When it is asked why a man is kept in misery on earth, when he would be glad to be released by death, perhaps the following among others may be the reasons: (1) those sufferings may be the very means which are needful to develop the true state of his soul. Such was the case with Job; (2) they may be the proper punishment of sin in the heart, of which the individual was not fully aware, but which may be distinctly seen by God. There may be pride, and the love of ease, and self-confidence, and ambition, and a desire of reputation. Such appear to have been some of the besetting sins of Job; (3) they are needful to teach true submission, and to show whether a man is willing to resign himself to God; (4) they may be the very things which are necessary to prepare the individual to die. At the same time that men often desire death, and feel that it would be a relief, it might be to them the greatest possible calamity. They may be wholly unprepared for it. For a sinner, the grave contains no rest; the eternal world furnishes no repose. One design of God in such sorrows may be to show to the wicked how intolerable will be future pain, and how important it is for them to be ready to die. If they cannot bear the pains and sorrows of a few hours in this short life, how can they endure eternal sufferings? If it is so desirable to be released from the sorrows of the body here, if it is felt that the grave, with all that is repulsive in it, would be a place of repose, how important is it to find some way to be secured from everlasting pains! The true place of release from suffering, for a sinner, is not the grave; it is in the pardoning mercy of God, and in that pure heaven to which he is invited through the blood of the cross. In that holy heaven is the only real repose from suffering and from sin; and heaven will be all the sweeter in proportion to the extremity of pain which is endured on earth. — Barnes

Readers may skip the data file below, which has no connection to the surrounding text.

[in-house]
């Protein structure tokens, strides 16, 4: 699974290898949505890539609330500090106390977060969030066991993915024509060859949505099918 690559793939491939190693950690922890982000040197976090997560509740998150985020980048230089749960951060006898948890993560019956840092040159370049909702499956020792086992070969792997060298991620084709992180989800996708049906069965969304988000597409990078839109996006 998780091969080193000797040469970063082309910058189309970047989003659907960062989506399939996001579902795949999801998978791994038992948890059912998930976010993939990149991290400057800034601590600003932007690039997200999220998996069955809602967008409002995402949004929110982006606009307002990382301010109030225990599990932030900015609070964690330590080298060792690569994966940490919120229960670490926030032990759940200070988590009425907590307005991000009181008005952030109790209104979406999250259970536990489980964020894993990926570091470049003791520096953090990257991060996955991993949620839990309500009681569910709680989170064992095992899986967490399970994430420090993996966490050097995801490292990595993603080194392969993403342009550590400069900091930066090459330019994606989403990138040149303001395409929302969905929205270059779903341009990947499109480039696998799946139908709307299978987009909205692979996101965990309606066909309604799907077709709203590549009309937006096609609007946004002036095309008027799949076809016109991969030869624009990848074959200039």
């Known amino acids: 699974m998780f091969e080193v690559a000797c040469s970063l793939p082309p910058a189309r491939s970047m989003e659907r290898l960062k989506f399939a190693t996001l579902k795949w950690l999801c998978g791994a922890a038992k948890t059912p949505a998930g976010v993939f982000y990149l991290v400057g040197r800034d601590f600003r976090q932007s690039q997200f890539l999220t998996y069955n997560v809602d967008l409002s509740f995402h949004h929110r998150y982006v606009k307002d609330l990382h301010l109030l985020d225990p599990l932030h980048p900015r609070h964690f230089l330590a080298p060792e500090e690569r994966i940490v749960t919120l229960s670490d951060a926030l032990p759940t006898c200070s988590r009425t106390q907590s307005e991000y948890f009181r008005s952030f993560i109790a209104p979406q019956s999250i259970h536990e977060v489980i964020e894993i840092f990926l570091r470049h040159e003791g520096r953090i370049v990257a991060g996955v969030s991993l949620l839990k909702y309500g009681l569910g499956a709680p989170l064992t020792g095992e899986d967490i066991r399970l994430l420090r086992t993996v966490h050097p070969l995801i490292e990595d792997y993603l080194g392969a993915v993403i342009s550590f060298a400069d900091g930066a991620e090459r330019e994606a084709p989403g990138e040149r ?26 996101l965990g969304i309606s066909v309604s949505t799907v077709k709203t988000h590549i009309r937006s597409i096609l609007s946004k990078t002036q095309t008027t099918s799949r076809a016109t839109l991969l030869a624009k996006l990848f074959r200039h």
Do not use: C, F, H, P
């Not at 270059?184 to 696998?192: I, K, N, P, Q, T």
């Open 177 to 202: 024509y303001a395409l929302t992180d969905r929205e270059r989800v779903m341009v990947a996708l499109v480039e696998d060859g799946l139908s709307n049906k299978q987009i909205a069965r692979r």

Charles Hadden Spurgeon

38. The Sinner's Surrender to His Preserver
I have sinned; what shall I do unto thee, O thou preserver of men? Job 7:20

Job could defend himself before men, but he used another tone when bowing before the Lord: there he cried,"I have sinned." The words would suit any afflicted saint; for, indeed, they were uttered by such an one; but they may also be used by the penitent sinner, and we will on this occasion direct them to that use.

1. A CONFESSION. "I have sinned."

In words this is no more than a hypocrite, nay, a Judas, might say. Do not many call themselves "miserable sinners" who are indeed despicable mockers? Yet seeing Job's heart was right his confession was accepted.

    1. It was very brief, but yet very full. It was more full in its generality than if he had descended to particulars. We may use it as a summary of our life: "I have sinned." What else is certain in my whole career? This is most sure and undeniable.